This is perhaps the least complex, but often the most difficult step to accomplish. Once a plan is made, the "Do" step is simply executing the plan. Pick a specific day in the immediate future to implement the plan. Instead of immediately implementing the plan across the entire system, first, perform a small trial of the change. This small step, known as a "test of change" allows the team to see if their change has the desired effect. Often, this small test identifies unexpected areas that should be addressed before the wider implementation of the change. For example, if the change being tested is a checklist to improve intubation success, the checklist could be developed and trialed with one shift at a single ambulance station before deploying it for an entire system.
The purpose of the “study” step is to determine if the plan that was designed and implemented caused a change that was an improvement. This should reflect the aim defined in the “plan” step. During the “study” phase, participants in the project should also look for any unintended outcomes. The team should discuss what aspects of the plan were functional and what parts of the plan did not work as intended. The objective data necessary to evaluate change and improvement should be collected as defined in the “plan” step . For the above intubation checklist example, this step could include evaluating success rates of intubations before and after the checklist, compliance with the use of the checklist. The QI committee or staff should also get feedback on the checklist itself from the end-user. Other data, such as time on-scene, cardiac arrest rates, or other data that may be impacted by a change in intubation practices should be considered in this step as well. The most common tool for measuring the effects of these tests of change is the process control chart. These charts plot the proportion of cases that met the definition of success over time. They also include a marker demonstrating the point in time at which the change was implemented.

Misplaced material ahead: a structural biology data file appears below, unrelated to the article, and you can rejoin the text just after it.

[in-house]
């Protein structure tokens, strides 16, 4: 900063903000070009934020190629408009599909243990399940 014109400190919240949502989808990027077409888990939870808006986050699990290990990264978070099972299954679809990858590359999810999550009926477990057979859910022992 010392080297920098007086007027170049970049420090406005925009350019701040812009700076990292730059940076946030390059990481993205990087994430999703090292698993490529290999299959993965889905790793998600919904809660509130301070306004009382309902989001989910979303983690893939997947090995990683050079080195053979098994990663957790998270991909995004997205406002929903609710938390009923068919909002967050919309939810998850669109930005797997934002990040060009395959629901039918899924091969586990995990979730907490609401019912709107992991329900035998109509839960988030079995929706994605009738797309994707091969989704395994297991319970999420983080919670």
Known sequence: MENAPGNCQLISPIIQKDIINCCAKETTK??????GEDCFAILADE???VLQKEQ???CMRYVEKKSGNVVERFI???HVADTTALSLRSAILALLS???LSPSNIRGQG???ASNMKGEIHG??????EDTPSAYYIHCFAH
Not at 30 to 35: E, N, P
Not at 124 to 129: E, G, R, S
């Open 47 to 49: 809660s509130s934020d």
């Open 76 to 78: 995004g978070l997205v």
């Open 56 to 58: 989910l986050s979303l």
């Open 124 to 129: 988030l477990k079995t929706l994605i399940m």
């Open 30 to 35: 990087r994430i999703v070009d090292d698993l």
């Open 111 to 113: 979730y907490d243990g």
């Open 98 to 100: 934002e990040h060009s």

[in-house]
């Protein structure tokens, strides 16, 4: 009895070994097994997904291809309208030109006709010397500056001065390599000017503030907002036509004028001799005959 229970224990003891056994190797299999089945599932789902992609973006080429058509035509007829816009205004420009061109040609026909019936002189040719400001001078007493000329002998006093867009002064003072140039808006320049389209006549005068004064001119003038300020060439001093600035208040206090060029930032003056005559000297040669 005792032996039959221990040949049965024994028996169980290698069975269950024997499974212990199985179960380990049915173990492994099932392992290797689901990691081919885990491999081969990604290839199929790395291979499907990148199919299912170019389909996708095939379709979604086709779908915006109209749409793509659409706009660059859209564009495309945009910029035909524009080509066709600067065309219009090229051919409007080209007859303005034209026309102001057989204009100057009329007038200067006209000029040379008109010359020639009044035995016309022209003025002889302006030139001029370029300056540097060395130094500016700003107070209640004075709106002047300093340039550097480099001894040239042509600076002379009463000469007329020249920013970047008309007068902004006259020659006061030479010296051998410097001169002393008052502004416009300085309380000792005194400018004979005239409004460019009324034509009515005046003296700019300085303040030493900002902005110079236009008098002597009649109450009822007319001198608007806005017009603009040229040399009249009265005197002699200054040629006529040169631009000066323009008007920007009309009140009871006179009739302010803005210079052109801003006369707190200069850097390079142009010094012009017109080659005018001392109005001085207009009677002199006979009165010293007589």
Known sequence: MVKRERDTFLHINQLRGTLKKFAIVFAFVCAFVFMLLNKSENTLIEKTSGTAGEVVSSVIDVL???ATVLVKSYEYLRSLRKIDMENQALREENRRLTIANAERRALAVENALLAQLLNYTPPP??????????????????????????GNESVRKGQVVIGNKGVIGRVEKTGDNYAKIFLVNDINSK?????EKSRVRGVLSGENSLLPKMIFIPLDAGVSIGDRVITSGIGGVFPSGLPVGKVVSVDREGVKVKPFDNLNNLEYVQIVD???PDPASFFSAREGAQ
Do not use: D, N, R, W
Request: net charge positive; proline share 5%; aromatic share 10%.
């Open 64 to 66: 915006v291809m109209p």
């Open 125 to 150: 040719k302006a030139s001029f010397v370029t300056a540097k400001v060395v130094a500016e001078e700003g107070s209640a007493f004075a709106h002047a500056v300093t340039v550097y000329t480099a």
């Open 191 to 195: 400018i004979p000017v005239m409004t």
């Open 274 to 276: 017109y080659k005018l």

The “Act” step is designed to take action on items found in the “study” step. The process change will either be deployed system-wide or readjusted prior to institution. Deployment is dependent on the results of the “study” phase, after determining if the change resulted in the desired outcome . Following the prior example, this might include improving an airway checklist based on the feedback provided by end-users or providing additional training. Once the “Act” step is complete, the cycle begins again with planning: re-deploy an improved checklist, evaluate success rates, deploy the idea to an entire system, or receive additional feedback.
This PDSA cycle is continued in an iterative process until the desired improvement is achieved.
Key Components of Quality Improvement Program
A QI program must use a non-punitive approach. A “Just Culture” strategy is a common example of this approach. Just culture is an organizational method that emphasizes the accountability of both the individual and the organization in the prevention of errors and improvement . Just culture also acknowledges that errors are often caused by a combination of factors, including system factors. In a “just culture” the organization must be responsible for improving the system and processes that providers are working in, while also ensuring the providers are responsible for safe choices. It considers “near misses” to be as significant as actual errors. A just culture approach encourages self-reporting of both near-misses and actual errors by promoting education rather than punishment. Providers who come forward with a report should be able to remain anonymous, be included in a closed-loop synopsis of events, and be praised for reporting . It promotes accountability for one’s actions and education, an intolerance of ignorance, and a desire to improve the system for improved safety and outcomes constantly.
Many quality improvement projects, especially clinical quality improvement projects, will require education of some form to propagate the information regarding the intervention. An individual or team with an educational focus is likely to be beneficial in achieving the desired improvement outcomes.
A quality improvement project should involve representatives from any part of an organization that may be affected by the changes as a part or result of an improvement project. Additionally, involving individuals with many perspectives will increase the pool of unique ideas. The more ideas, the more likely the group is to find a successful change. The culture of the organization must foster belief in QI programs at the highest levels to encourage change (CEO, supervisors, etc.) .
The QI committee must select aims that are well defined and evidence-based. The timeline for action and PDSA changes must be outlined as well. The data to be measured must be appropriate for the defined aim.